My opinion: If your business is coming to a standstill then furlough your workers now (even backdate to when they stopped coming to work). Directors don’t panic – I expect help for your earnings will be clarified along with help for the Self-Employed. If you’re struggling to pay the wages of furloughed workers contact your bank for a Business Interruption Loan (these are being processed quickly by most banks) which you can repay once the HMRC funding is processed.

I hope these FAQ’s help for now. I realise that many questions are left unanswered but I’ll aim to provide advice as soon as these issues are clarified.

Please ensure you’re up to date with my previous COVID-19 posts:

What financial support is available for UK businesses?
Can the Self-Employed go to work?

Enjoy saving tax? 

We have two videos to help on our YouTube-logo-full_color channel; and for regular tax-tips follow our blog on  or click +Follow at the bottom of this page.


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Coronavirus (COVID-19): Can the Self-Employed go to work?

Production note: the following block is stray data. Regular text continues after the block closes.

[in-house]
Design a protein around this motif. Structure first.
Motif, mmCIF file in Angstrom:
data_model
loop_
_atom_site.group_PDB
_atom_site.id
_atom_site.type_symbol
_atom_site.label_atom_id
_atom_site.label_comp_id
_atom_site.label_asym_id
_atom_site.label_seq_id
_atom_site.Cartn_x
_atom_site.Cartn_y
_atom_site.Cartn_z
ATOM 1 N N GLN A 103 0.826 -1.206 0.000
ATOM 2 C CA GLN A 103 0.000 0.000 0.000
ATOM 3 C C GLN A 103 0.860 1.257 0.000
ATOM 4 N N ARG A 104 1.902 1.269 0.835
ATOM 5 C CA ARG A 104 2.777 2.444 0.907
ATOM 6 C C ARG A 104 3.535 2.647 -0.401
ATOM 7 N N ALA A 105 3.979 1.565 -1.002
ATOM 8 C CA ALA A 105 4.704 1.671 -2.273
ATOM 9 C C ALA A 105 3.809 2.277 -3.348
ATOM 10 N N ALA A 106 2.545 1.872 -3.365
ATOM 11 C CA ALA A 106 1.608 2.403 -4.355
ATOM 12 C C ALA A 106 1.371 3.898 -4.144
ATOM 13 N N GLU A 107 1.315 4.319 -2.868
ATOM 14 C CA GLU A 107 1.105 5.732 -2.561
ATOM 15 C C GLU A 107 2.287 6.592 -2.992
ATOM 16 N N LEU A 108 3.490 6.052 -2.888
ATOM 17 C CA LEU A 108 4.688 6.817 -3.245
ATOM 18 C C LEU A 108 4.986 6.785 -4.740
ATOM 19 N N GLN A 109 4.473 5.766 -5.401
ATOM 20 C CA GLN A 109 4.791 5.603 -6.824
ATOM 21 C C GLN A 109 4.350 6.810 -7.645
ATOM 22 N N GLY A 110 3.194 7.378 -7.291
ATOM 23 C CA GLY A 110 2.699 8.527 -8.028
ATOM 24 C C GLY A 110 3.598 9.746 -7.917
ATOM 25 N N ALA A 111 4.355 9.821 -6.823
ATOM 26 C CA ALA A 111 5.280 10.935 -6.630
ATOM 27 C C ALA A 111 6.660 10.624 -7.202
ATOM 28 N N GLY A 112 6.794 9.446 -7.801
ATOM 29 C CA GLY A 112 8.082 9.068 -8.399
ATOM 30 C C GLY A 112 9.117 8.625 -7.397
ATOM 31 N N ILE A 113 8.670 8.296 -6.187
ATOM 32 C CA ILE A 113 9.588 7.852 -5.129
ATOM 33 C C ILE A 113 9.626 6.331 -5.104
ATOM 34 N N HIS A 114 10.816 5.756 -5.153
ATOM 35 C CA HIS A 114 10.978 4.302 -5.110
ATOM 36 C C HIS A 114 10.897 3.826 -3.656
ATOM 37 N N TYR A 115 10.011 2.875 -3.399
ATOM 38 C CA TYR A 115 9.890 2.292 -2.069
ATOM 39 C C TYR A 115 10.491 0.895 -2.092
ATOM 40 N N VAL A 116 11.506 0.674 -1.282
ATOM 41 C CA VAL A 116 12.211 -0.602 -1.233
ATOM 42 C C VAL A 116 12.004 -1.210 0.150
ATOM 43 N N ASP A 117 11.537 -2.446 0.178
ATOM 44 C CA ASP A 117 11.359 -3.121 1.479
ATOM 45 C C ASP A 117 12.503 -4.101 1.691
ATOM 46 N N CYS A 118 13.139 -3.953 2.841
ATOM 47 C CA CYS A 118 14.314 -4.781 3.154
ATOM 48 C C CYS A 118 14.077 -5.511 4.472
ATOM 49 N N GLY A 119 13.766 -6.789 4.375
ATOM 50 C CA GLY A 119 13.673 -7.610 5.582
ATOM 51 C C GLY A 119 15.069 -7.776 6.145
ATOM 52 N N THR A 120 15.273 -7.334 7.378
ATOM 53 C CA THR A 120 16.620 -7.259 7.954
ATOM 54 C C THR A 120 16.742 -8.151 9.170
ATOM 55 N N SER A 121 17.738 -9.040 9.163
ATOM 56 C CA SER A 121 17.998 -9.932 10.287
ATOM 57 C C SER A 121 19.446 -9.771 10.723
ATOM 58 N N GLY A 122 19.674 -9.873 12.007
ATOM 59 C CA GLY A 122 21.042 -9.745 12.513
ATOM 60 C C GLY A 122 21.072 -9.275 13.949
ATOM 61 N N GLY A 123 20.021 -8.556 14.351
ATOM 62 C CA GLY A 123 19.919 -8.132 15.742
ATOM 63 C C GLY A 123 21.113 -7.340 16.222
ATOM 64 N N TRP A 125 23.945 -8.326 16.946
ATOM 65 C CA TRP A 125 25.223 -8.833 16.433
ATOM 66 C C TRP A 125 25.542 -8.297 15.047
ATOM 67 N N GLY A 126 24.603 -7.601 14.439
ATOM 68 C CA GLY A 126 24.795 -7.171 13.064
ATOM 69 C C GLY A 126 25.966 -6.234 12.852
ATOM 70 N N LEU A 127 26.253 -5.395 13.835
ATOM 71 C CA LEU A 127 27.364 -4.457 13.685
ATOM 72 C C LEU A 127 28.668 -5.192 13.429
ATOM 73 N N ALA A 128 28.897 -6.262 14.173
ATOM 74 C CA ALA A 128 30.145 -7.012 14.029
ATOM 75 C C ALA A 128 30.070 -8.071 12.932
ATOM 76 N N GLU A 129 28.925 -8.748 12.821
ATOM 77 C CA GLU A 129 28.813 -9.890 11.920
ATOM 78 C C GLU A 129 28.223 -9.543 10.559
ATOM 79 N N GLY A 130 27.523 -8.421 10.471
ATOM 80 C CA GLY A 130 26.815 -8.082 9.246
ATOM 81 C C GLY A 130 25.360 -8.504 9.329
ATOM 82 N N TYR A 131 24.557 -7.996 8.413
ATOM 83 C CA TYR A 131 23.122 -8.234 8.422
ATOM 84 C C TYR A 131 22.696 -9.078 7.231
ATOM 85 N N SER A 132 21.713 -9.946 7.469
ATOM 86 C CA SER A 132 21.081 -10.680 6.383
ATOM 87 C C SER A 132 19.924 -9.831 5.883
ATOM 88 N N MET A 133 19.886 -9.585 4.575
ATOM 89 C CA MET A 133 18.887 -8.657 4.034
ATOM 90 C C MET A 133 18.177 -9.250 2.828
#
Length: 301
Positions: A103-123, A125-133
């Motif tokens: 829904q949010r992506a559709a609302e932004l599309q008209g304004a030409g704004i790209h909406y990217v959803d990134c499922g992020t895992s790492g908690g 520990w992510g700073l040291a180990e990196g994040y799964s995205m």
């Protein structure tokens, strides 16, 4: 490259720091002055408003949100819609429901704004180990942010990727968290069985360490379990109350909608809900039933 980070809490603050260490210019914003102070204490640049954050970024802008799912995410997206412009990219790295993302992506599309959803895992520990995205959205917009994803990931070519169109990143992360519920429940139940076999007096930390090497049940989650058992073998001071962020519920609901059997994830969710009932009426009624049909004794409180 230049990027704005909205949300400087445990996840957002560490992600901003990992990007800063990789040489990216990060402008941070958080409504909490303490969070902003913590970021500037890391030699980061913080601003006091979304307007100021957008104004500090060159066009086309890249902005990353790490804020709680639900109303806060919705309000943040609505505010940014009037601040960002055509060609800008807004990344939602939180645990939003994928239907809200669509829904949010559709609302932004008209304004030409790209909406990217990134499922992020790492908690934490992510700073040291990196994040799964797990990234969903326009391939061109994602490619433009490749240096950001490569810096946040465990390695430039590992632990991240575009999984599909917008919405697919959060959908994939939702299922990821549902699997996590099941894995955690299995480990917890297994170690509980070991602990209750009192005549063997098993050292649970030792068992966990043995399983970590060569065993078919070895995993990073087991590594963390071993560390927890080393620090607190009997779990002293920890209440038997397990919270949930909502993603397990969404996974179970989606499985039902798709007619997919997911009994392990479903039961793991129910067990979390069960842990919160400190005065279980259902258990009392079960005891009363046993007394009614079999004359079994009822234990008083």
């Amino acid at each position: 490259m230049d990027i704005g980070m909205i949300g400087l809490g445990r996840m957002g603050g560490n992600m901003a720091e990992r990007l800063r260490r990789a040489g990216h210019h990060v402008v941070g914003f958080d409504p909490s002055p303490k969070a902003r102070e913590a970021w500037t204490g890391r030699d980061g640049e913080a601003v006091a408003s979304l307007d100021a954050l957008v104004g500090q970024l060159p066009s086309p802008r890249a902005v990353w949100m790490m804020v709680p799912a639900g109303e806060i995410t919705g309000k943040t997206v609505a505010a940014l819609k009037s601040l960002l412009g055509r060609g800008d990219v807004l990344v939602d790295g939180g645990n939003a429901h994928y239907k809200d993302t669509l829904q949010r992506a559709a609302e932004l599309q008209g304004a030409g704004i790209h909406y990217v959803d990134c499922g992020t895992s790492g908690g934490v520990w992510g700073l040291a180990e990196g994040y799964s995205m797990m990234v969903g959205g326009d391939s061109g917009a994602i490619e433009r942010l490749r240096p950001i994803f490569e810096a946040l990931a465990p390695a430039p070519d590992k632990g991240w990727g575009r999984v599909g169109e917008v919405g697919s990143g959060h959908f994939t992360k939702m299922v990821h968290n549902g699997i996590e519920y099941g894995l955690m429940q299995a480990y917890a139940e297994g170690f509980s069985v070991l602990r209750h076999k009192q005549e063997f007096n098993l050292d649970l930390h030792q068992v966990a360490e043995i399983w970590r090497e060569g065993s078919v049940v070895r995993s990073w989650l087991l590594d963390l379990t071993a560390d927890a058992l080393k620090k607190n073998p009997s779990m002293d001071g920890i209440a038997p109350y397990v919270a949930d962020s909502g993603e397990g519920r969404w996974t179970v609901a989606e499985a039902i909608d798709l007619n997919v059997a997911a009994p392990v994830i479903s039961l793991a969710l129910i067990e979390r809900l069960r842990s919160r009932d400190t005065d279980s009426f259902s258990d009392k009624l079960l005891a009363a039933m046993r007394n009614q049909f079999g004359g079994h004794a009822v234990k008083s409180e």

Coronavirus (COVID-19) latest: Since the Prime Minister’s announcement this evening of a “UK lockdown” can the self-employed go to work?

The answer is, yes, you probably can. For full guidance and a list of industries which have been shut down (and cannot go to work) see the government guidance here:

https://www.gov.uk/government/publications/full-guidance-on-staying-at-home-and-away-from-others

Updates to follow as they happen.

Enjoy saving tax?

We have two videos to help on our YouTube-logo-full_color channel; and for regular tax-tips follow our blog on  or click +Follow at the bottom of this page.


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Coronavirus (COVID-19): What financial support is available for UK businesses?

Coronavirus (COVID-19): What financial support is available for small UK businesses?